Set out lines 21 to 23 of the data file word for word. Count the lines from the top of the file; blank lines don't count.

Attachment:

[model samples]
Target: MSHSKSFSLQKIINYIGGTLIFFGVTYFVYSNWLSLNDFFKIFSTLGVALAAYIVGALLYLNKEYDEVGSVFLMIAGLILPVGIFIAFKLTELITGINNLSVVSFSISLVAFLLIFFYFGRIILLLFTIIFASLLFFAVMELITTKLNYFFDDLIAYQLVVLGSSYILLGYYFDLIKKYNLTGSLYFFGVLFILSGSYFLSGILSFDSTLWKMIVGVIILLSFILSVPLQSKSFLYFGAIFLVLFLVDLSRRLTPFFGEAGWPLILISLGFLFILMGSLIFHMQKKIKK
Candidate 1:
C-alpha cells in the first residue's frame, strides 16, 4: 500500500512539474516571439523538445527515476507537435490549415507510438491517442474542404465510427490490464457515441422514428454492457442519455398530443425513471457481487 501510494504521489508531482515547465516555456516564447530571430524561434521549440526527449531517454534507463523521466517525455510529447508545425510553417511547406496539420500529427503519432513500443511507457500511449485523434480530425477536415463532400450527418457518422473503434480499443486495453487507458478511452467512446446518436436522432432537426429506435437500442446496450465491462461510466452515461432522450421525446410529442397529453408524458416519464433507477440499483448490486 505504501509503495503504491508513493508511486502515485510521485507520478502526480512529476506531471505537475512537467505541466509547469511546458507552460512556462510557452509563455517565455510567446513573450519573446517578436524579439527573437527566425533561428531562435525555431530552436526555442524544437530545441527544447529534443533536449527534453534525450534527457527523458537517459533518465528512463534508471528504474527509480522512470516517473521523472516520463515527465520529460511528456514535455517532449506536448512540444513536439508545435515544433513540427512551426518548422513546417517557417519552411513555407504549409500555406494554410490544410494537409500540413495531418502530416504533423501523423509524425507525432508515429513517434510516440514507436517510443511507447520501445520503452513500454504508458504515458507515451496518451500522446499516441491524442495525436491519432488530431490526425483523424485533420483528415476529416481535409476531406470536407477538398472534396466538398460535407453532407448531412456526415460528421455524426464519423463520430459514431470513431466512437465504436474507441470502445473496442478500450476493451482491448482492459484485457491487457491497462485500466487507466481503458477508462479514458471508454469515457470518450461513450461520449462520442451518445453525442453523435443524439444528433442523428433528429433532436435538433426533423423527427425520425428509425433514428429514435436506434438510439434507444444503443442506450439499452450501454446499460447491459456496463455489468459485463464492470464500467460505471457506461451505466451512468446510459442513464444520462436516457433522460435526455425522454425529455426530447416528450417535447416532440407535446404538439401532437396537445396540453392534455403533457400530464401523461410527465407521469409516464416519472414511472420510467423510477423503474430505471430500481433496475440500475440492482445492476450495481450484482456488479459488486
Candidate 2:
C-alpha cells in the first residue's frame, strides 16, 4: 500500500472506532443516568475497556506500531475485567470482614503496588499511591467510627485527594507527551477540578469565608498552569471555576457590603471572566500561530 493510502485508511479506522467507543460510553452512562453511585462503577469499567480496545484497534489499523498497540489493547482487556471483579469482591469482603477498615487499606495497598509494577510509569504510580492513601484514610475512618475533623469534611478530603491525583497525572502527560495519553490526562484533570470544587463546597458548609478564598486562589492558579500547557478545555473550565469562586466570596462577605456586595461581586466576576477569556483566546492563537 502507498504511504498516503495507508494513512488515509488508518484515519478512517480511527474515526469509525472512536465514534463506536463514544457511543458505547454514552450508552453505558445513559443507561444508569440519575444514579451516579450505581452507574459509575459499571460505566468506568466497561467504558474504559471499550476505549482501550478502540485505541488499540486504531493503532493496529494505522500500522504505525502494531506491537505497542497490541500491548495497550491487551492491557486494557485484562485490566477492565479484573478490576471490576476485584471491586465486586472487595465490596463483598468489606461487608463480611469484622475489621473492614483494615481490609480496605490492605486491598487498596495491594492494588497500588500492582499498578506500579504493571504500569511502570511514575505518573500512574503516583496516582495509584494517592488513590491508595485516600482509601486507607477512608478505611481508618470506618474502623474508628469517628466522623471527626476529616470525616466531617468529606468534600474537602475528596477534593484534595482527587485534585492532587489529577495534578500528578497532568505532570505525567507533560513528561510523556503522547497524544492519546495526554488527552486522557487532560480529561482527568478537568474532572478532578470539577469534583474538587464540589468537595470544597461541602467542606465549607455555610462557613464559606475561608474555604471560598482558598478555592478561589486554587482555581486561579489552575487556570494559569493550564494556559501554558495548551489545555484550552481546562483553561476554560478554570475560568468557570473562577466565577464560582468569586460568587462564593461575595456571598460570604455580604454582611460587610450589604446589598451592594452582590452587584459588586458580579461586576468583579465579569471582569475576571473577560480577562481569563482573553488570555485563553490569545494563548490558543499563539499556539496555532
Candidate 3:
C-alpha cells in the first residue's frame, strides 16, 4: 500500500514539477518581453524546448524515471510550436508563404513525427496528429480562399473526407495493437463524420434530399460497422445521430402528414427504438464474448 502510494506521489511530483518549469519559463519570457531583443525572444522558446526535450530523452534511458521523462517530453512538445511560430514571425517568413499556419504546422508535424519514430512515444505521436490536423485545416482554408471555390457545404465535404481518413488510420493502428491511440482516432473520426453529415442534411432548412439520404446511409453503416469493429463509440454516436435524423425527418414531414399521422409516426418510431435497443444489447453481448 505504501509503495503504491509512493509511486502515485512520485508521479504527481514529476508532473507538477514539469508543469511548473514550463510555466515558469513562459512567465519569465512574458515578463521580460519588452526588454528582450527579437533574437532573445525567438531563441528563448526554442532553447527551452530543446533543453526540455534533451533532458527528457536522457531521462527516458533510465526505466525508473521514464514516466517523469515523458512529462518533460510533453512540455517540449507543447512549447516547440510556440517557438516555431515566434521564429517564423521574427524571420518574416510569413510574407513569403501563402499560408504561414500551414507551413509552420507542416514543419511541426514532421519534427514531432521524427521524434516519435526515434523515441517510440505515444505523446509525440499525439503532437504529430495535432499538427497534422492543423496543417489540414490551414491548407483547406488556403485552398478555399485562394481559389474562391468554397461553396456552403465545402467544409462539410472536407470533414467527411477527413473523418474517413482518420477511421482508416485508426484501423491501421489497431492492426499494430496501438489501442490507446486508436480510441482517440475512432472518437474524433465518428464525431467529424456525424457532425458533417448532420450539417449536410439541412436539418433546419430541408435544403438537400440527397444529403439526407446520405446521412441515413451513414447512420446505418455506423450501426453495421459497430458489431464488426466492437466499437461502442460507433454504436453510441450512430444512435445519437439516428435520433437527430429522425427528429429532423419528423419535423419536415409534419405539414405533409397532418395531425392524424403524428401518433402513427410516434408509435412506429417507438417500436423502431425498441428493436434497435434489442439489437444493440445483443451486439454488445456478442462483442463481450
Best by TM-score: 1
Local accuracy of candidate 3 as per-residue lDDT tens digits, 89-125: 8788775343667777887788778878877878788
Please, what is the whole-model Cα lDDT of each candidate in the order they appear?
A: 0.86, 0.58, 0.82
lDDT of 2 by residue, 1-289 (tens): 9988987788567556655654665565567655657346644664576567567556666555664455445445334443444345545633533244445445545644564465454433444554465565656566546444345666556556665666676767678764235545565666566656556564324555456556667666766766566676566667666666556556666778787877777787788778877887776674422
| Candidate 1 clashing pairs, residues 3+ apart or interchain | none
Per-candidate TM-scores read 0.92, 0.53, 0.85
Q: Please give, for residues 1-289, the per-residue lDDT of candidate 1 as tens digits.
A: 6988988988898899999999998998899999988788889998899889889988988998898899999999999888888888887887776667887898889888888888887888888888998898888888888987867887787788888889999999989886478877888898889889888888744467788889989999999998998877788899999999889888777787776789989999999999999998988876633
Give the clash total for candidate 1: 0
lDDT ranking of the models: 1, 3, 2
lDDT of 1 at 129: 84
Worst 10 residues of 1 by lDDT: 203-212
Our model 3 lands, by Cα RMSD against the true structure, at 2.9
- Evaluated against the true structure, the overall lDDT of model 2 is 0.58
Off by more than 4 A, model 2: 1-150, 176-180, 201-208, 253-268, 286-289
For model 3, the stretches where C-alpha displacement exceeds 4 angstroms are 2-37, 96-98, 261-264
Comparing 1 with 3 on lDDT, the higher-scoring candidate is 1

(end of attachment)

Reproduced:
Worst 10 residues of 1 by lDDT: 203-212
Our model 3 lands, by Cα RMSD against the true structure, at 2.9
- Evaluated against the true structure, the overall lDDT of model 2 is 0.58